Juniors take note — Silver Wheaton (TSX:SLW,NYSE:SLW) believes major miners are on the prowl for streaming contracts. That could make a tough financial environment even tougher.
“The mining industry is very, very hungry for capital right now and there are not a lot of sources out there,” Silver Wheaton CEO Randy Smallwood told Bloomberg.
His company is what some call an alternative source. And tough access to capital seems to be making its services more attractive.
What is a streaming company?
Silver Wheaton is the world’s largest streaming company. For those unfamiliar with the business model, that means the company makes upfront payments to miners to help them to fund their projects and fulfill their capital needs. In return, those mining companies grant Silver Wheaton the right to purchase metal at a low fixed rate of about $4 an ounce for silver and $400 an ounce for gold.
“With early-stage juniors that have strong indications of a resource, we’re willing to front them anywhere from $5 to $15 million. Instead of being an equity shareholder, we come in and give the cash up front and within 10 years we’ll put that as a credit towards the silver stream,” Smallwood told Resource Investing News last year.
Major miners finding streaming attractive
Juniors miners are not the only companies showing interest in streaming agreements. Smallwood said major miners are also making proposals for funding.
“Doors that we’ve been knocking on for a long time, they are all of a sudden knocking on our door,” he told Bloomberg.
And if those miners come with an attractive enough deal, Silver Wheaton has shown that it is willing to answer the call.
It was not that long ago that Smallwood was discussing the company’s lack of gold streams and explaining why it was not aggressively pursuing them.
“When questioned by the industry if we will branch-off to include gold streams in our portfolio, I have to say it is a case of whenever I look over the fence at the gold streaming space I find the grass is greener on my side of the fence,” Smallwood said in PricewaterhouseCoopers (PwC) interview.
He explained that there is more competition in gold streaming. Also, with only about 5 percent of annual gold production used for industrial purposes — as opposed to about half of annual silver production — there is comfort in knowing there will always be a strong core demand for silver.
However, he was not opposed to the idea of taking on some gold if a company’s silver production was not valuable enough.
Silver Wheaton to ink deal with Vale
Under the terms of this deal, Silver Wheaton will pay $1.9 billion — in addition to other considerations — for 25 percent of the life of mine by-product gold production from Vale’s Salobo copper mine in Brazil and 70 percent of the by-product gold production from some of the Sudbury mines in Canada, one of the world’s largest nickel-producing areas.
Though the deal is still subject to the approval of Vale’s board of directors, Silver Wheaton considers it pretty much a done deal and is already calculating the benefits.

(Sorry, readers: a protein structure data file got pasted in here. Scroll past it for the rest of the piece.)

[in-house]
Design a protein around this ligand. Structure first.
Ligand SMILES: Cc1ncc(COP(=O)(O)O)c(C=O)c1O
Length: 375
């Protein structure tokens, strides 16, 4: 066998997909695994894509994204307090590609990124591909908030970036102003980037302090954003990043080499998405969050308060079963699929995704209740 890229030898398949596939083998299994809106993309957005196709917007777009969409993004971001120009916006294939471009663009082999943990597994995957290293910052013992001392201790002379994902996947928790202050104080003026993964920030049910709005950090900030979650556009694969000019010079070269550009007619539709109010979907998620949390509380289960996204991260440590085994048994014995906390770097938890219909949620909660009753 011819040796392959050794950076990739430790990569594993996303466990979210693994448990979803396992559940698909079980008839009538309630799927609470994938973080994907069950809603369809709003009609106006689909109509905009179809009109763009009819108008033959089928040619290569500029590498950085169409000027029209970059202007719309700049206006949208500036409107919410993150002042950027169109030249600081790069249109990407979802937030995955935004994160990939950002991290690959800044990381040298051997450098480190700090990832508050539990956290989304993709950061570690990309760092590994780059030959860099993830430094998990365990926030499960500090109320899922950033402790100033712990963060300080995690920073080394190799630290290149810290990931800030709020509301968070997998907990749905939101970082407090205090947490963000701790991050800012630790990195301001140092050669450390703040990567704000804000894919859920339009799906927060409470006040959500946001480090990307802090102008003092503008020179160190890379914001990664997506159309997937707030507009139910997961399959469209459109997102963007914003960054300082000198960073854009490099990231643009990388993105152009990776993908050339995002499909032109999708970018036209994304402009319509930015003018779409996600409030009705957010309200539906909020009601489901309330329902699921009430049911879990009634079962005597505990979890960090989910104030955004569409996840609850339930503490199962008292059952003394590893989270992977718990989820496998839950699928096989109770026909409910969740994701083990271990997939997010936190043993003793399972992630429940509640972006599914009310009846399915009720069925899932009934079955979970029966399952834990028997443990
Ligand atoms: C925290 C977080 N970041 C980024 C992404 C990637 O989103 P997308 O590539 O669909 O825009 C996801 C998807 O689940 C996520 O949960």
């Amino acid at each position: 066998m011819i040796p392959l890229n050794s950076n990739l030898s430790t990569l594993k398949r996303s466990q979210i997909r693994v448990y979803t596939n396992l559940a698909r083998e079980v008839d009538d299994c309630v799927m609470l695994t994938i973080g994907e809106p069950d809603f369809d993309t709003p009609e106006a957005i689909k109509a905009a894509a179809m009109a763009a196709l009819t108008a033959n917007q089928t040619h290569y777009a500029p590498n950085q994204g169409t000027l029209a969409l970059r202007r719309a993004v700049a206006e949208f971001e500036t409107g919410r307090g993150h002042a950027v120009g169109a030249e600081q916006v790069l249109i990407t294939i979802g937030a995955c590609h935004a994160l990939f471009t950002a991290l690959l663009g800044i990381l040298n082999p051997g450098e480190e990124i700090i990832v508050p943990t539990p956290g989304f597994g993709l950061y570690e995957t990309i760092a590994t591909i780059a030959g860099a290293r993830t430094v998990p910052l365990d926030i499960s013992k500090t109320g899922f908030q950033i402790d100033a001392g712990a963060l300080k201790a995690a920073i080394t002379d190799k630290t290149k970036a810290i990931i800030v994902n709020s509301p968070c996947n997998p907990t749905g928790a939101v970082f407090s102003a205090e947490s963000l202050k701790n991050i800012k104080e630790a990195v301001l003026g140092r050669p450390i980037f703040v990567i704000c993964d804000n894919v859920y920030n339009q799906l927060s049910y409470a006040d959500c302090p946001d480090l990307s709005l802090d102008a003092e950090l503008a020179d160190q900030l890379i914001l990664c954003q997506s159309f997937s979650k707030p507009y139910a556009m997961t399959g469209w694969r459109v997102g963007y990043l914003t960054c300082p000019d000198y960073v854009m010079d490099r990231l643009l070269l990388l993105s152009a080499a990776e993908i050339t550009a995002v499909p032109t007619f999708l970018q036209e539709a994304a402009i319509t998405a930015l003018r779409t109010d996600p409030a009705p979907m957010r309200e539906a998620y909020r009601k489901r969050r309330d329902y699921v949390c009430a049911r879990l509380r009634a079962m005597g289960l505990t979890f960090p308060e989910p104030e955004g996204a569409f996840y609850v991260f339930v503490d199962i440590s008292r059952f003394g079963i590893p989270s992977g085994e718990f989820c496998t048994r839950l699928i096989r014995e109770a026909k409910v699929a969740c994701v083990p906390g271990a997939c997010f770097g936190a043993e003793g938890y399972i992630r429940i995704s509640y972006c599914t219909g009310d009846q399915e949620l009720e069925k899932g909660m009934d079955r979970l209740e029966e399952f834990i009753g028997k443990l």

The streaming company said both its production and cash flow profiles will increase immediately. Gold production from Salobo is estimated at 60,000 ounces per year and about 50,000 ounces per year are expected from Sudbury; that amounts to a total of 5.9 million silver equivalent ounces over 20 years. The percentage of revenue generated by gold will jump from about 12 percent to 25 percent over the next five years.
Silver Wheaton has already updated its one- and five-year production guidance. In 2013, the company expects 33.5 million ounces of silver equivalent production. By 2017, attributable production is projected to grow to about 53 million silver equivalent ounces.
And according to Silver Wheaton, the sites outlined in this deal have excellent exploration and expansion potential.
Silver Wheaton’s focus
“While we will continue to believe there are a significant number of streaming opportunities in the silver space, we are also open to layering more high-quality gold streams into our portfolio,” Smallwood said in the announcement of the Vale deal.
Scotiabank and BMO Capital Markets have agreed to underwrite two new credit facilities for Silver Wheaton. The company said those credit facilities and its cash on hand will give it the ability to make the upfront payment to Vale and allow it to continue pursuing additional accretive growth opportunities.
Still, it would be prudent for junior miners to expect more competition for funding from streaming companies. It is likely that a surge in interest from major miners will raise the bar for which projects get serious consideration and actual funding. There are clearly benefits to inking contracts with major miners. As the Vale deal shows, one of them is immediate access to production.
“The quality, the tenor of the projects that are being presented are definitely a step up from even what we’ve seen in the past,” Smallwood told Bloomberg. “When I look at the opportunities that we have out there right now, I think for the first time ever I might not be able to pay for them all, there’s that many good opportunities out there.”
Securities Disclosure: I, Michelle Smith, do not possess equity interests in any of the companies mentioned in this article.
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